On 08/24/2017 Nikon officially announce their new FX upgrade to the D810.
All the specs are now on Nikon’s web site: http://www.nikonusa.com/en/nikon-products/product/dslr-cameras/d850.html#tab-ProductDetail-ProductTabs-TechSpecs
The cool thing is that Nikon finally combined a lot of features into one camera, that historically they made you purchase at least two separate bodies to get. It’s lighter than a D700 and maybe just a few grams heavier than a D810. Nikon now seems to have higher frame rates sorted out with the both the D500 and now the D850 hitting 10 and 9 FPS respectively. Yes the D4 / D5 were up there too, but every other model was stuck in the 5-6 FPS range for about 5 years.
The D850 uses the same field-proven ultra-accurate AF system as the flagship D5. Nikon included the Advanced Multi-CAM 20K autofocus sensor module with TTL phase detection and fine-tuning, with 153 focus points, 99 cross-type sensors and a dedicated AF processor. The D850 has 45.7 MP performance and is capable of shooting in low light to -4 EV.
- Nikon has included a new BSI CMOS sensor with no optical low pass filter. This sensor should be good for an additional stop at higher ISO’s over the D810 Body (with comparable noise).
- Expeed 5 that processes 45.7 MP images with wider dynamic range, high-speed continuous shooting and full-frame 4K UHD movie recording. Data through put is obviously very high, along with a buffer that can handle 1.8x more 14 bit RAW and 3.6x more 12 bit RAW images before the buffer fills up.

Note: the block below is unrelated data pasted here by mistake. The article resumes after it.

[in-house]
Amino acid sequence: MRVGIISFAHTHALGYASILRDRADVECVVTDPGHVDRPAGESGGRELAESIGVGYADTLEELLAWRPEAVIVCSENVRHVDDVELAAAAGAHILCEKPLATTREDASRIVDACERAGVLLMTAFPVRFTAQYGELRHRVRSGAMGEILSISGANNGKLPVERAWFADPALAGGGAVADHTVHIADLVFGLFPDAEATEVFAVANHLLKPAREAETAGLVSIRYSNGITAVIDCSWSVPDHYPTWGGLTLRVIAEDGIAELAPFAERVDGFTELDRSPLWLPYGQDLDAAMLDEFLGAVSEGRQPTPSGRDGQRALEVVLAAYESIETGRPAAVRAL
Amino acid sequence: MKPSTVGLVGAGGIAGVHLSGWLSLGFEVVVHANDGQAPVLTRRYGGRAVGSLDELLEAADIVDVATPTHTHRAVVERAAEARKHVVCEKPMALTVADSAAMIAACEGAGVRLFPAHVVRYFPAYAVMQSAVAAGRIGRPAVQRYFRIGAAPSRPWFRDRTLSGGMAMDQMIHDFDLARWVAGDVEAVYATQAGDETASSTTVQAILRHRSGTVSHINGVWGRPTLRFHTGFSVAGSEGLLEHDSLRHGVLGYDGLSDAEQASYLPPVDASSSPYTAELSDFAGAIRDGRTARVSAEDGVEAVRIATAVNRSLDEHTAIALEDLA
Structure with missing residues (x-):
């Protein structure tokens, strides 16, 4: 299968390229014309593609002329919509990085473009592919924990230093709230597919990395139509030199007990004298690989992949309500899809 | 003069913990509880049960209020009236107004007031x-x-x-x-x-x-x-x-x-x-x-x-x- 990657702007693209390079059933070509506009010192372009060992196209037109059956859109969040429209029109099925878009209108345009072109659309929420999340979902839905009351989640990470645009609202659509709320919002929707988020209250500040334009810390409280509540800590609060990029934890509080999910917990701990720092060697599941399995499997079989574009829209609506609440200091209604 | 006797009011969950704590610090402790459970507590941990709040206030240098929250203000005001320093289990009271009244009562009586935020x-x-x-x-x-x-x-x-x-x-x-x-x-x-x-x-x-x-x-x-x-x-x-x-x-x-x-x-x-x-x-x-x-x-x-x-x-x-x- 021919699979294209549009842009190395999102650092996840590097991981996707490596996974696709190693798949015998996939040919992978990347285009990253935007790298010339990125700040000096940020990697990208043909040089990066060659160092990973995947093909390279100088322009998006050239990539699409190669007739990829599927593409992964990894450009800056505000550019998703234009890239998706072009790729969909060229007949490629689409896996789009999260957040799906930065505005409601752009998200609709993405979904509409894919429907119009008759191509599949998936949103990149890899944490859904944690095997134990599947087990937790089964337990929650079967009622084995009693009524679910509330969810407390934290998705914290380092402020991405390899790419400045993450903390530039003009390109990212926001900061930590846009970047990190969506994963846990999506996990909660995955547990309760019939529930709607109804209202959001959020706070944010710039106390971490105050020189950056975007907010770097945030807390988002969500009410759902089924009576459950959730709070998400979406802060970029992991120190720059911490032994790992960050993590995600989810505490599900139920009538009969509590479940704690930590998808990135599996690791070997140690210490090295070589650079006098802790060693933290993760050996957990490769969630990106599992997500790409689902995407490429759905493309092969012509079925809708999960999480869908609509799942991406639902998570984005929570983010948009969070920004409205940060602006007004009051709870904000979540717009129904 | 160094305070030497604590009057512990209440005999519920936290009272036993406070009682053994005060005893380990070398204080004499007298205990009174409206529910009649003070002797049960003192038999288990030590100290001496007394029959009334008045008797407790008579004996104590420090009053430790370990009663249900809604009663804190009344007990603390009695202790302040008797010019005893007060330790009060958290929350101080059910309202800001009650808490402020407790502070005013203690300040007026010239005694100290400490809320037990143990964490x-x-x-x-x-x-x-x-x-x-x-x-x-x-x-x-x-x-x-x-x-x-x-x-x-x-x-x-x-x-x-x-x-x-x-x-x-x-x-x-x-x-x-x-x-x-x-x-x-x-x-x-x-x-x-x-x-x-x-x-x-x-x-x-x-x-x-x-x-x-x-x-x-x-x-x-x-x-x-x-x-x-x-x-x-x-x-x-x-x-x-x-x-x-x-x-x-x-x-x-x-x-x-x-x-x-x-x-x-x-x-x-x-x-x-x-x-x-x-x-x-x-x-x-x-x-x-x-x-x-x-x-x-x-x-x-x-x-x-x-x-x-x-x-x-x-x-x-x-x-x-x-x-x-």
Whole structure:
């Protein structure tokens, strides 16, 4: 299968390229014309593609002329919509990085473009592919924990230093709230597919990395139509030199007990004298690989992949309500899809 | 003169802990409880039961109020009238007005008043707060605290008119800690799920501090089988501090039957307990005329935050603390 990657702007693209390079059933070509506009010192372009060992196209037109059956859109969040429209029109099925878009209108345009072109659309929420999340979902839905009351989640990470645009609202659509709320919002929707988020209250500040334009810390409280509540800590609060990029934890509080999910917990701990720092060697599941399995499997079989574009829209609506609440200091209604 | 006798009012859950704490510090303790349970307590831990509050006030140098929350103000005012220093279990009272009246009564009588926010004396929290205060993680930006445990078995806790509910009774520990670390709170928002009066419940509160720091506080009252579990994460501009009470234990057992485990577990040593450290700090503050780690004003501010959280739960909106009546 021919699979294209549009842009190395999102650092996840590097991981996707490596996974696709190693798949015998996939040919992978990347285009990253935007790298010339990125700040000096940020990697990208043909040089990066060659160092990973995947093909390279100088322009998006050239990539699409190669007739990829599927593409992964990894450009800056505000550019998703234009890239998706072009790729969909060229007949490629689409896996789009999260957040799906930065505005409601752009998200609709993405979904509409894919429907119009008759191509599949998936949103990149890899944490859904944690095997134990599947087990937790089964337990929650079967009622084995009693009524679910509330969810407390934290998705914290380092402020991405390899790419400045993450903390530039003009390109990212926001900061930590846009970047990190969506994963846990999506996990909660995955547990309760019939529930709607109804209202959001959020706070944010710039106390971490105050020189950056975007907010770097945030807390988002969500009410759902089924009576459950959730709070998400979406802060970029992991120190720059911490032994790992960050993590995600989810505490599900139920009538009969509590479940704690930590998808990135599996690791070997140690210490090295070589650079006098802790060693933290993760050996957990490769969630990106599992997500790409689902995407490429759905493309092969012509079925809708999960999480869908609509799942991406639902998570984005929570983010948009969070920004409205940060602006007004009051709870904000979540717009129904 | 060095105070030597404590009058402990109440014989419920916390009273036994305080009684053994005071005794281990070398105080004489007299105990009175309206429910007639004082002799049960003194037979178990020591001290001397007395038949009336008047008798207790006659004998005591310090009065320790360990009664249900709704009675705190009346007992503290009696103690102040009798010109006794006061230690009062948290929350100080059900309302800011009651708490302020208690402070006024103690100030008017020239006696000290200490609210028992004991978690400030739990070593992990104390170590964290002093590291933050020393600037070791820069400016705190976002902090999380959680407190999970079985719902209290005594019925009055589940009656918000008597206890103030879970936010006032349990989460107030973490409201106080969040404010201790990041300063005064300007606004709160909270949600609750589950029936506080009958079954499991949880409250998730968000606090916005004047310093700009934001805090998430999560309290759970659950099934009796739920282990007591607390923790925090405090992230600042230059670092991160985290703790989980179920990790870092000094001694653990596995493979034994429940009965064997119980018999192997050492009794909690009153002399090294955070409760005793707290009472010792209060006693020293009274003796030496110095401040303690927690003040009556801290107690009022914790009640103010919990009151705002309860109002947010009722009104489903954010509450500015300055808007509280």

- Seamlessly switch between RAW sizes of Large (45.7 MP), Medium (25.6 MP), and Small (11.4 MP), whichever fits your need or workflow. The camera will average RAW data, but not compressed all the way into jpeg (8 bit). So you obtain smaller batch (12 bit) files in camera, but still retain most of the DR and the other benefits of the RAW format.
- Focus peaking- Focus peaking works by detecting edges of highest contrast in your scene (and therefore most in focus) and highlighting them in a bright color. The camera will use red, blue, yellow, or another color that allows photographers to recognize what is in focus and what isn’t. Also, when using manual lenses stopped down, it can also help show you how much of the scene is in focus at those apertures for checking your current depth of field.
- Focus stacking- Is a digital image processing technique which combines multiple images taken at different focus distances to give a resulting image with a greater depth of field (DOF) than any of the individual source images.